How to Understand and Work with the Elderly

Elderly man and his dog

Understanding the Needs and Diversity of the Elderly

The attitude of many students in healthcare and psychology is that they prefer not to work with the elderly. This demographic of the world’s population is viewed as being debilitated and boring and only resides in a nursing home facility or other institutional settings. Although they are not as blunt, unfortunately, many licensed practitioners feel the same way.

The truth is that at some point in a medical clinician’s career they will have to work with the elderly population unless they limit their practice to only working with young children and teenagers.

Even marriage counseling experts and family therapists are likely to find that more of their caseloads are in regard to adult children worrying about elderly parents. Some of the issues they may be presented with are:

  • Should their parents be driving at their age?
  • Can they stay home alone safely?
  • Are they making the wrong financial decisions?

Demographic information has been consistent over the past several decades indicating that the elderly segment of the population is the fastest-growing population. In fact, the age group over 75 has increased, and the 85 and over group has more than doubled over the past few decades.

Current older generations are more open to psychotherapy as a beneficial process. This is likely due to the fact that they are more educated and healthier than previous generations.

Are There Barriers to Working with the Elderly?

It is unfortunate that most counselors and therapists have had little to no direct contact in their professional careers with older adults. Because of this lack of experience, many therapists show little to no interest in helping this population.

This can also result in societal myths about the elderly and stereotypes that impact a clinician’s attitude towards someone who is elderly. For example, one of the most common misconceptions is that most elderly people are in nursing homes. In reality, less than 10% of seniors reside in long-term care facilities. Many seniors live independently successfully.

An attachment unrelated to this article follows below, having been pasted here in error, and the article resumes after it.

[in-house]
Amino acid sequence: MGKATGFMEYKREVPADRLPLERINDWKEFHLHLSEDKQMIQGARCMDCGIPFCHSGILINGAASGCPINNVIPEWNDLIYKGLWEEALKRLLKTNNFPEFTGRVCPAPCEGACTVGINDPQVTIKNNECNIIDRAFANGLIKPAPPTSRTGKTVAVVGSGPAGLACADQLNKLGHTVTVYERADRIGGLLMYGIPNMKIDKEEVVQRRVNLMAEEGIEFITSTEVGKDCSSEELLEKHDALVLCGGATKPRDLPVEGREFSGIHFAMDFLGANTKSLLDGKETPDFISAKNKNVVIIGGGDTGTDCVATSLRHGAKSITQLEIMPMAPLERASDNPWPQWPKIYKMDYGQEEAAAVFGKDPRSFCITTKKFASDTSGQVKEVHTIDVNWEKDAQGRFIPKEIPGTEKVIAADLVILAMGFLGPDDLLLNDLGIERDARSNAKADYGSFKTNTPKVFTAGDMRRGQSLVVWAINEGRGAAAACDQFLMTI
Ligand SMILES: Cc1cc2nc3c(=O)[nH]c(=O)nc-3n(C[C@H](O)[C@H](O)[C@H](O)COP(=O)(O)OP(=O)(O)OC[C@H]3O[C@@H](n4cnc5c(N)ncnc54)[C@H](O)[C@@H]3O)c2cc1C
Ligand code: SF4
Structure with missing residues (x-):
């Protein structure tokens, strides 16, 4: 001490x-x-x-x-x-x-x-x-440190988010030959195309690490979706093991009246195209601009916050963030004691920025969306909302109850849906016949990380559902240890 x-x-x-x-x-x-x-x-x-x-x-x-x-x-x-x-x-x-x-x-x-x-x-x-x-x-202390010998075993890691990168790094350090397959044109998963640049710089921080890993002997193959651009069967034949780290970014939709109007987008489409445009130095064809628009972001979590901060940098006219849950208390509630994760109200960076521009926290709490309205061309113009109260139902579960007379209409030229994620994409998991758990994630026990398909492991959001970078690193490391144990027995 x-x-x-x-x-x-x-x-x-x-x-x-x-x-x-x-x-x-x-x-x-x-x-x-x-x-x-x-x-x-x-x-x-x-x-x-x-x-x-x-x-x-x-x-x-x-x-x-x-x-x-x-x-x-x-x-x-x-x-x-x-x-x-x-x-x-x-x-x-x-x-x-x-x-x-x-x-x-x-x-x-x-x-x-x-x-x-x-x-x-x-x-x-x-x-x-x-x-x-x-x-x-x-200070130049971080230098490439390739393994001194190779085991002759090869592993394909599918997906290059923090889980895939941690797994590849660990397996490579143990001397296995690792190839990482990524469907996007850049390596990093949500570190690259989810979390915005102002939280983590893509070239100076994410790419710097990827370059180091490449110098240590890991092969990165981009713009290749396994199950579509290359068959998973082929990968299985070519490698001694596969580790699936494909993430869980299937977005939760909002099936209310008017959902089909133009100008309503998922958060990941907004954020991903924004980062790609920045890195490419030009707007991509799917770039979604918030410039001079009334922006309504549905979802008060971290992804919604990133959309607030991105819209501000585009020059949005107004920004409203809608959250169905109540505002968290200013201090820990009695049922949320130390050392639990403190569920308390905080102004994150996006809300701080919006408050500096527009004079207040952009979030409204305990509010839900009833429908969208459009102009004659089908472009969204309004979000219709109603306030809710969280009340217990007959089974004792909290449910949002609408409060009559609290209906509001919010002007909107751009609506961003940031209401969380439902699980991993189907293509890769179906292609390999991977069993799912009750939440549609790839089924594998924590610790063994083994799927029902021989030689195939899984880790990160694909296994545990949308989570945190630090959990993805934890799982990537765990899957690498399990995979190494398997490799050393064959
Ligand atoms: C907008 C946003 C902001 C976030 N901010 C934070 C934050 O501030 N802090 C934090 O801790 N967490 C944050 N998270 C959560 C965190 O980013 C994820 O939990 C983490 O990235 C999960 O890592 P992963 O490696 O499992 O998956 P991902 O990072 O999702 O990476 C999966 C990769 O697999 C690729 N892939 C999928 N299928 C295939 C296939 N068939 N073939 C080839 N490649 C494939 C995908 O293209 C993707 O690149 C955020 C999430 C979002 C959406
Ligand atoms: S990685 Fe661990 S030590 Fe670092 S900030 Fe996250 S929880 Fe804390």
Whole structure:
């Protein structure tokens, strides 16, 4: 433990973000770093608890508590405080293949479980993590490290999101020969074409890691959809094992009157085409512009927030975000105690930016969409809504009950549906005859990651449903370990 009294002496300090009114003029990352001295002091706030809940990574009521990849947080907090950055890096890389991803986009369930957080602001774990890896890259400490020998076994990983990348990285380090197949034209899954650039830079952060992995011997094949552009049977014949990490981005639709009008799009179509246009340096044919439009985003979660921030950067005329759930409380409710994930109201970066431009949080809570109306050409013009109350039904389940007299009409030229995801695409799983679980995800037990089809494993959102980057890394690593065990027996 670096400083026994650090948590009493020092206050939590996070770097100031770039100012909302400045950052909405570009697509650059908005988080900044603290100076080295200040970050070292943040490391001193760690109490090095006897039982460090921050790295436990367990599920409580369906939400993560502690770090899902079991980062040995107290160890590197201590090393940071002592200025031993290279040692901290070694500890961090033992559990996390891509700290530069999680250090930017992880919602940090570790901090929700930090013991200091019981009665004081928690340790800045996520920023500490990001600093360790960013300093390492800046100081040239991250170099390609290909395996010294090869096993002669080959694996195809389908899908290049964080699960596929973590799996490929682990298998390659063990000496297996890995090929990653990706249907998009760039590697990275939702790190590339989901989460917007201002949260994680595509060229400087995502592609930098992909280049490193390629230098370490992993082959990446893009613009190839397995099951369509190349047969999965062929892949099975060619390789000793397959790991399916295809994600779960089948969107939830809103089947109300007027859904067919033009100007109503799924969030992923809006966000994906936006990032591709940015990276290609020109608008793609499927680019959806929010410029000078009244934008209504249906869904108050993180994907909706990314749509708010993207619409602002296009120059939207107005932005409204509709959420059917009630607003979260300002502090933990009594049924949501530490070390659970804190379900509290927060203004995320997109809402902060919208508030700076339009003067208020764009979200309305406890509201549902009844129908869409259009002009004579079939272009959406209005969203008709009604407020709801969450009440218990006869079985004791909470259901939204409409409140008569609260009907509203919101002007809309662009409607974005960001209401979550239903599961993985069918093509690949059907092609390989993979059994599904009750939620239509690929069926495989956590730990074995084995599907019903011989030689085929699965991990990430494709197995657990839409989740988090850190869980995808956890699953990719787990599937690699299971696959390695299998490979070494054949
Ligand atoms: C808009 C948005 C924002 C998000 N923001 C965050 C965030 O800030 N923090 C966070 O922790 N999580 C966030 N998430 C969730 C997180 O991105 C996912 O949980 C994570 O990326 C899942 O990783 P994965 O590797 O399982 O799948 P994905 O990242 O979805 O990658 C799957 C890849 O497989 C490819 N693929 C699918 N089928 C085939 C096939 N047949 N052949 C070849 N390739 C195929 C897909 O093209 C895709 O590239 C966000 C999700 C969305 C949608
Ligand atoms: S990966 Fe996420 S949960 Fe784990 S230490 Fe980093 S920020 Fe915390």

Another barrier to working with the elderly is the belief that the elderly do not benefit from marriage counseling or therapy. However, many studies have concluded that the rate of improvement from issues like depression and anxiety is similar to the rate of younger adults.

In addition, interventions focused on family members or nursing home staff can also result in improvements, even in patients with dementia.

Aging Successfully

One of the most popular trends that are occurring in clinical work with the elderly is placing less emphasis on the negatives associated with getting older and placing more emphasis on successful aging. Early intervention and prevention now have even larger roles in helping to optimize quality of life and life satisfaction. There seems to be a little truth to the observation that is often made by seniors, that if they would have known they would have lived this long, they would have taken care of themselves better when they were younger.

It is important that a multidimensional approach is taken for the elderly to achieve an optimal quality of life. Many have also suggested that positive aging has also been responsible for the avoidance of disability and disease, and the maintenance of high cognitive function.

There is one finding that is often ignored in the mental health profession. Affiliating with religion is one of the most common ways for seniors to participate in an organized event and socialize with their peers.

  • The first tip is to remain active. Get involved in a social activity that will take you out of the house at least two days a week.
  • Her next recommendation is to know the medications you take. Also, make sure that everyone who is on your health care team is also aware of your medications. This includes physicians, pharmacists, nurses, family members, and caregivers.
  • A sedentary lifestyle is very dangerous for an elderly person. It places them in a higher fall risk category and can contribute to a rapid decline in health.
  • Finally, she recommends that seniors begin the end-of-life conversations with their families. Although adult children tend to shy away from this type of conversation, seniors need to be open and honest with their doctor and their family.

 

Counseling the elderly can present a range of challenging and complex issues. However, this can be a fulfilling career for counselors who are willing to be advocates for this special population.

 

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